MINNEAPOLIS (WCCO) – The invasive star algae has been confirmed in Leech Lake in northern Minnesota.
The Minnesota Department of Natural Resources said a company that removed plants near Anderson’s Cove Resort in Steamboat Bay reported seeing the plant around the marina and under boats. An expert later confirmed that what they found was the invasive species.
While the stellate strophy may resemble native plants, it forms dense mats of vegetation in the water, taking resources from native plants and creating headaches for boaters and other lake enthusiasts.
During the summer months, the stellate strophÃ©e can be noticed by its white star-shaped bulbils. Anyone who sees the plant in other parts of Leech Lake is urged to contact MNR here.
Much of Leech Lake lies within the boundaries of the Leech Lake of Ojibwe Band. MNR says it is working with the band, local landowners and state officials to discuss management options going forward.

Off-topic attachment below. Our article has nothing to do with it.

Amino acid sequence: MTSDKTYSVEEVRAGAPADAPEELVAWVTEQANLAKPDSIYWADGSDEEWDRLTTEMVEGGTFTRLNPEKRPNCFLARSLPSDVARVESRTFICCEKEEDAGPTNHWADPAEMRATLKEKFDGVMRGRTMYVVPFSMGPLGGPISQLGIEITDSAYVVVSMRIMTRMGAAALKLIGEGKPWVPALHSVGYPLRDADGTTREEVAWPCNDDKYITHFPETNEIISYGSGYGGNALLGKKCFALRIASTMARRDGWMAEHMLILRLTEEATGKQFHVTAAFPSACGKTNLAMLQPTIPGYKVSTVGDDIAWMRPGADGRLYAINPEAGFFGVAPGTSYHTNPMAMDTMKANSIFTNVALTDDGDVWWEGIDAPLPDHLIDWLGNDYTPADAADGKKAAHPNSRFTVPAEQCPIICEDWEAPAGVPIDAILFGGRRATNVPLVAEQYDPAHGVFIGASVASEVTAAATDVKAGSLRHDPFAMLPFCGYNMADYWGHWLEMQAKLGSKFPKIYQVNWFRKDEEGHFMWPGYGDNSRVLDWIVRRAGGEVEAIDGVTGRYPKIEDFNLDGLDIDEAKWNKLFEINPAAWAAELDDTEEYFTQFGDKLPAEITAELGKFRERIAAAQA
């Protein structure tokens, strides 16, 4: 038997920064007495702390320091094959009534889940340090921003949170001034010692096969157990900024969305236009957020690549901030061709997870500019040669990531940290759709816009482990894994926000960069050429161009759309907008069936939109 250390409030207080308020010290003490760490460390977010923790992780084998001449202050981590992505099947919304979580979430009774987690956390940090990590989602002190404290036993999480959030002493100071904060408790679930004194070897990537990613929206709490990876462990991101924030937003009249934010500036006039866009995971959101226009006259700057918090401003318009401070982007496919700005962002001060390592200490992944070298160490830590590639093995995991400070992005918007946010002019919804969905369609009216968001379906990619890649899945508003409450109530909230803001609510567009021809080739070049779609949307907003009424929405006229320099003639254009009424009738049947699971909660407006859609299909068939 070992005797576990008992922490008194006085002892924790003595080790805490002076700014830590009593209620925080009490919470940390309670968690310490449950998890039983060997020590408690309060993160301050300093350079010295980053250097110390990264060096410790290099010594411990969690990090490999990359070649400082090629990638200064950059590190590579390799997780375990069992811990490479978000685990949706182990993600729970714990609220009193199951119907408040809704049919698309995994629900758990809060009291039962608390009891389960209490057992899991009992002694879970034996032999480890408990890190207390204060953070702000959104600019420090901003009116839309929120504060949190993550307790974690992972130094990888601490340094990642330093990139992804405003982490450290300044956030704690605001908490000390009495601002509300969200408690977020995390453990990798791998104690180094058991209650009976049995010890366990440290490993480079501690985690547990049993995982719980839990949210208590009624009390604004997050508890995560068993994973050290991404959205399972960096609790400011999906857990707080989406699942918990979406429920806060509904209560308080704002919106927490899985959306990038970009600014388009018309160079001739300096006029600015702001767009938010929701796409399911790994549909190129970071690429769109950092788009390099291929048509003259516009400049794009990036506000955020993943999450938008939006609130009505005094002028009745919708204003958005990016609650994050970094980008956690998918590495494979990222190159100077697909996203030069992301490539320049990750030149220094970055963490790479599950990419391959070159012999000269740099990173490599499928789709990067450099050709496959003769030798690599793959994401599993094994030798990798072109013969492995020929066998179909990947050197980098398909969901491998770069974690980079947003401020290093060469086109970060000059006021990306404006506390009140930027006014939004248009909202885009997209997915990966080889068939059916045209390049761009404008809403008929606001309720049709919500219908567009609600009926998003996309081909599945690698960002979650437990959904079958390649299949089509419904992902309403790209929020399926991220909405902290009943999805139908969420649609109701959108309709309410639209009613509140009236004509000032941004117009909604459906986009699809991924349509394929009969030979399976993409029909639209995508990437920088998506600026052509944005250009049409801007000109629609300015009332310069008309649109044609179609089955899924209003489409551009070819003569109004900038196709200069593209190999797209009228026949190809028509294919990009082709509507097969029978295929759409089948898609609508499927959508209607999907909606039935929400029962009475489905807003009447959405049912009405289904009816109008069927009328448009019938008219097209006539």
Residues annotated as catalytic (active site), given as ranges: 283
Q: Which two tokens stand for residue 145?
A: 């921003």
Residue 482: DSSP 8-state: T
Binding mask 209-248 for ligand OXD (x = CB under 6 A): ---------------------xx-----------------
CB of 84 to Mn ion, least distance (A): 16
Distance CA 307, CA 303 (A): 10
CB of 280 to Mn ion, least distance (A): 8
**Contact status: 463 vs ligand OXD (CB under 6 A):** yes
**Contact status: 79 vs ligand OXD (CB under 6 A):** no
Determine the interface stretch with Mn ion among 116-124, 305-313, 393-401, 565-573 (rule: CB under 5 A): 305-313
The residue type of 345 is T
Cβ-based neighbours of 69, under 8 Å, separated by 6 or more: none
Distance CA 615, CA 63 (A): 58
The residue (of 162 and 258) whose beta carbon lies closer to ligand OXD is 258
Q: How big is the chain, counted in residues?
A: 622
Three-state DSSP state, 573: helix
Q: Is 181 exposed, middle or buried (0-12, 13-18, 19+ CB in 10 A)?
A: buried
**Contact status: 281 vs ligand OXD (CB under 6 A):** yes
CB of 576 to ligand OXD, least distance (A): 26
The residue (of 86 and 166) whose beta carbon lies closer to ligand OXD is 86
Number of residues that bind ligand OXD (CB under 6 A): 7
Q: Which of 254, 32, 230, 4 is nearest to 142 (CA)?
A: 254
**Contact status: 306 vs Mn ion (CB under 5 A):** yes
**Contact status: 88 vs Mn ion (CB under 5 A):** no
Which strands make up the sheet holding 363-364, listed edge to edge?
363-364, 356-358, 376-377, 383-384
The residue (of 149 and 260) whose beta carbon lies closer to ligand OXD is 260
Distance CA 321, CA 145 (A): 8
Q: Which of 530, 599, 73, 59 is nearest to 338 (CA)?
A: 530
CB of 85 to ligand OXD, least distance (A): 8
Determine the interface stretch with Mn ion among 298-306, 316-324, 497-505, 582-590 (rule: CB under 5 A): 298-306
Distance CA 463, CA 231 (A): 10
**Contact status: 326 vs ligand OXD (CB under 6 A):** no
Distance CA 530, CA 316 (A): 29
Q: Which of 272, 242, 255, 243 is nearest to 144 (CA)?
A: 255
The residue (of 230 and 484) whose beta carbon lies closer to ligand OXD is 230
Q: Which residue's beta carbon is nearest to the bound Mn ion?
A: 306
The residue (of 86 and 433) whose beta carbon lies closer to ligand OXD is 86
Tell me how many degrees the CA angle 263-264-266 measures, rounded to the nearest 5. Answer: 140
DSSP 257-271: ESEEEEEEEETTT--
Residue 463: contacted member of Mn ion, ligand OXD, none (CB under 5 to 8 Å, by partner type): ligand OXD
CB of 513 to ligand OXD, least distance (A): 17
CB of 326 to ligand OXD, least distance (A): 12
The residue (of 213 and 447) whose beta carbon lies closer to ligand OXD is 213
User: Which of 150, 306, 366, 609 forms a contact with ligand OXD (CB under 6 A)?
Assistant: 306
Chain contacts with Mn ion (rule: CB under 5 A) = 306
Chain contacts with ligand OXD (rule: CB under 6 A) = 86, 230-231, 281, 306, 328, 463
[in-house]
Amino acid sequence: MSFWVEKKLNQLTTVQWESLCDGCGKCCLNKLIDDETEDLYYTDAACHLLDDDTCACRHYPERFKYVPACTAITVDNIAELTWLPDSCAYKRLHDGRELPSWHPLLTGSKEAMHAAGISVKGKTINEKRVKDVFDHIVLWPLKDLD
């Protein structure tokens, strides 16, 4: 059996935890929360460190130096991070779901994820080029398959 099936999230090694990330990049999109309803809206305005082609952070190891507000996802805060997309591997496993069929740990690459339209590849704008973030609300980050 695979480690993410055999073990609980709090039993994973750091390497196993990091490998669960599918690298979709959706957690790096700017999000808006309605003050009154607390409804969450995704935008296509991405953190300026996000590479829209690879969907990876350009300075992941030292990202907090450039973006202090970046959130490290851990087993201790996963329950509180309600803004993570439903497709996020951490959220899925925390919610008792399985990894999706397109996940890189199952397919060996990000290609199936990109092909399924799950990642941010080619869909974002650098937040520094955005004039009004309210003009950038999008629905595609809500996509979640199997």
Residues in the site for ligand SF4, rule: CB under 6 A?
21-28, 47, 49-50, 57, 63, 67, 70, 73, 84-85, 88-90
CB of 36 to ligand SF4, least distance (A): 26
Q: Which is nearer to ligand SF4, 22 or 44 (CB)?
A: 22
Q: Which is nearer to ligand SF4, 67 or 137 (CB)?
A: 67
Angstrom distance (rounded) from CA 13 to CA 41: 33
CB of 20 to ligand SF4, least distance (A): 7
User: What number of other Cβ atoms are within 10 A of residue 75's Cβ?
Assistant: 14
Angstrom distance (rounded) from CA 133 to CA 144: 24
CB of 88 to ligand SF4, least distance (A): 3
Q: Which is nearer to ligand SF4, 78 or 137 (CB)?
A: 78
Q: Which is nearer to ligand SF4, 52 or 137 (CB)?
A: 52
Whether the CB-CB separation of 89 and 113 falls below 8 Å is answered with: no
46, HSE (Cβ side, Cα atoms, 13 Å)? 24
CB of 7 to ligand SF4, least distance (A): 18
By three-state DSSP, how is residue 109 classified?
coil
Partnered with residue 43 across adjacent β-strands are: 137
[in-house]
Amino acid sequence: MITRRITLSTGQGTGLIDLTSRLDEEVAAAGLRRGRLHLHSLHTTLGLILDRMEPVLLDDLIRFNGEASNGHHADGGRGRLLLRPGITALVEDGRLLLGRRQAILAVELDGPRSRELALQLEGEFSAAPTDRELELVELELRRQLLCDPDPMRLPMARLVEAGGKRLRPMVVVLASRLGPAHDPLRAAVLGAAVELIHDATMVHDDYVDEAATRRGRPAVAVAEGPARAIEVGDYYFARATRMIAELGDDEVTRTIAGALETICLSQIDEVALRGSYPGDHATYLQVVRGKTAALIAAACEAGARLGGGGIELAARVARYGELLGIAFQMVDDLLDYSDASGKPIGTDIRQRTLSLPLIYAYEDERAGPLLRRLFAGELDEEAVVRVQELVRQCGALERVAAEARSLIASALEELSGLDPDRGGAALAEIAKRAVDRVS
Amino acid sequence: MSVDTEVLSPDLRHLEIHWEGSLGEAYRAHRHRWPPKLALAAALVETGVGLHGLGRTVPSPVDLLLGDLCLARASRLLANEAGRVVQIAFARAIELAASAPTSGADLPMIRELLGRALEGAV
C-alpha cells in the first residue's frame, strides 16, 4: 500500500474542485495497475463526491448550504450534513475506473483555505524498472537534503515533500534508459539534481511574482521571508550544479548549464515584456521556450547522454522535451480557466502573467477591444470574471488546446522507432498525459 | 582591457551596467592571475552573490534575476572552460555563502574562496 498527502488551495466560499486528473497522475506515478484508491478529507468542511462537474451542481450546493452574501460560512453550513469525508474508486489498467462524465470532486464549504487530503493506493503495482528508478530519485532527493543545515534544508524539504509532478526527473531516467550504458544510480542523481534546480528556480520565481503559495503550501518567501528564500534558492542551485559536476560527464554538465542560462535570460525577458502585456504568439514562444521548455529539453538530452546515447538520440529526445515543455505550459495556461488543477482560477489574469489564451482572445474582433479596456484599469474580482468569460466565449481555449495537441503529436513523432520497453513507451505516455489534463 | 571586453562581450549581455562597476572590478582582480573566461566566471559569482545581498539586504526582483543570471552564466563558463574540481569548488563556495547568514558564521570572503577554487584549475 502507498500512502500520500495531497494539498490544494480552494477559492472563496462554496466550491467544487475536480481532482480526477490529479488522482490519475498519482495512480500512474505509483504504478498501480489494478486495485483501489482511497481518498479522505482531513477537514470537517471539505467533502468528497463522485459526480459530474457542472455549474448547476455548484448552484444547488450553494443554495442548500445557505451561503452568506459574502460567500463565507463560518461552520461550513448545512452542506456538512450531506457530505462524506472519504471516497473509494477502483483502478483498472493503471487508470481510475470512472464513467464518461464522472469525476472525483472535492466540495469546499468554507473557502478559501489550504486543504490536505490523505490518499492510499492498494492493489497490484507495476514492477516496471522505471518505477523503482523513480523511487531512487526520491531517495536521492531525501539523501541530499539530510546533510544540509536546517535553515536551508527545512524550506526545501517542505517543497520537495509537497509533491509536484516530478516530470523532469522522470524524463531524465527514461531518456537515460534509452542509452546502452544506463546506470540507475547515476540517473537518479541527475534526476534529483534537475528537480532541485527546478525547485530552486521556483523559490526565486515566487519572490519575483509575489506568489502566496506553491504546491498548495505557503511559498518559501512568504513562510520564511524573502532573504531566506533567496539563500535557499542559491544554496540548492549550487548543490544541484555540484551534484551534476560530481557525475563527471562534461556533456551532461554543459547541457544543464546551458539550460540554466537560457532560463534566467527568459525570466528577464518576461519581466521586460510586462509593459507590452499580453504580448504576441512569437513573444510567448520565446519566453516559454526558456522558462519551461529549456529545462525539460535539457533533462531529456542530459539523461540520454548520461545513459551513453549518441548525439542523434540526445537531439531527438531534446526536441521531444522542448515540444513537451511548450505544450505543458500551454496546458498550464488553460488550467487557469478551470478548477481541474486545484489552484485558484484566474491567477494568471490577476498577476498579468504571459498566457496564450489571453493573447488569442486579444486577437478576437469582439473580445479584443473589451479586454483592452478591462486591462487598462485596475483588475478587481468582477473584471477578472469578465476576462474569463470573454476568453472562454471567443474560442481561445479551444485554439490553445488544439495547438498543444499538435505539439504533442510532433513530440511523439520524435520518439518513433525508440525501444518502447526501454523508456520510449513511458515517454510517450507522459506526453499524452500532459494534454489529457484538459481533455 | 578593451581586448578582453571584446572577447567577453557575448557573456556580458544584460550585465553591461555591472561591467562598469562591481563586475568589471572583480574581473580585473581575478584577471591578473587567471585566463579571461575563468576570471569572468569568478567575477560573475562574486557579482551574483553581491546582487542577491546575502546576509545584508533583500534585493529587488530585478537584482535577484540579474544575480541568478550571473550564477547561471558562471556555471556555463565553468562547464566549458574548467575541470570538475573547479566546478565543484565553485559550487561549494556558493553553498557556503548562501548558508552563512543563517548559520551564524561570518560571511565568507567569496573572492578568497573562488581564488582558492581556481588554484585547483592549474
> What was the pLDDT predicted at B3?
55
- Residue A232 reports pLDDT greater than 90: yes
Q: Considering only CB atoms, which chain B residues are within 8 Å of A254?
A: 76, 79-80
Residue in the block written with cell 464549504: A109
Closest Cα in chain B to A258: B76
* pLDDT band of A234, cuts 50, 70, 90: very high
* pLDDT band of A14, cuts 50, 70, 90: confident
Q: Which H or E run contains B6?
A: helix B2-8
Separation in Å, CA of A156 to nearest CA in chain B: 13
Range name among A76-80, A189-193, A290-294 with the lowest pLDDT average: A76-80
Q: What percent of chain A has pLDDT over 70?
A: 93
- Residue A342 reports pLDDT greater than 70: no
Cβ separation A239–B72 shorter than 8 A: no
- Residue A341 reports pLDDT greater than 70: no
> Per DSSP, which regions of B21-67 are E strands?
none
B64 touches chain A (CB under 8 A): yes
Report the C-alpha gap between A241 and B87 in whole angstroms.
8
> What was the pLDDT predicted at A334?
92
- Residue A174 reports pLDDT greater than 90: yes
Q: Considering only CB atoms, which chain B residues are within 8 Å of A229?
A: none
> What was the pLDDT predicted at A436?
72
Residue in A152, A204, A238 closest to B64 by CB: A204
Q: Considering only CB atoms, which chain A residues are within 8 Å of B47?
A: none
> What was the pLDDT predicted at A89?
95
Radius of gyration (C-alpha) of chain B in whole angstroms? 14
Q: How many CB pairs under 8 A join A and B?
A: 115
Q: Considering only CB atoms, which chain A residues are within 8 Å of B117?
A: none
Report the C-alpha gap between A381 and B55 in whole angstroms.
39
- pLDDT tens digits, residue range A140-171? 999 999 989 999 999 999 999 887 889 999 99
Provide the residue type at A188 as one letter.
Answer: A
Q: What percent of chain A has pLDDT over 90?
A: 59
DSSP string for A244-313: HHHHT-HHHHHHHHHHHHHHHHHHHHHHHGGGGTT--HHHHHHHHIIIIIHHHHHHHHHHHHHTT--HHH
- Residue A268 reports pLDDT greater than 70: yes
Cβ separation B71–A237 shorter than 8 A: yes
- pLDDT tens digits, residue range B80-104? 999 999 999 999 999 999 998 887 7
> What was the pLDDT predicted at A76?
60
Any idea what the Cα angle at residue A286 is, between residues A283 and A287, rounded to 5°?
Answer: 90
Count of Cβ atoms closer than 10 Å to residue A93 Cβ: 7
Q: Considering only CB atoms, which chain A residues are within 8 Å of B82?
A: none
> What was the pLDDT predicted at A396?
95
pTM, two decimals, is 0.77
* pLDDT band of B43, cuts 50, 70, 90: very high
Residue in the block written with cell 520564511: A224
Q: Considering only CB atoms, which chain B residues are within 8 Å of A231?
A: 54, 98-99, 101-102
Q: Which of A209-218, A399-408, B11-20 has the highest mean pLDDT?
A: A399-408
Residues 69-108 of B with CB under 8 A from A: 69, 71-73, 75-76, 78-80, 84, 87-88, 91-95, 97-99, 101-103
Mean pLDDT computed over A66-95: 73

Although star stonewort has never been successfully removed from a lake in the United States, there are ways to manage the plant. Officials say public funds are available for immediate responses.
Star stonewort has now been confirmed in 18 lakes in Minnesota. Among them are Cass Lake and Lake Winnibigoshish, both located near Leech Lake.
MNR says the invasive plant is most likely spread when fragments of multiple sclerosis have not been properly cleaned from docks, boats and other watercraft.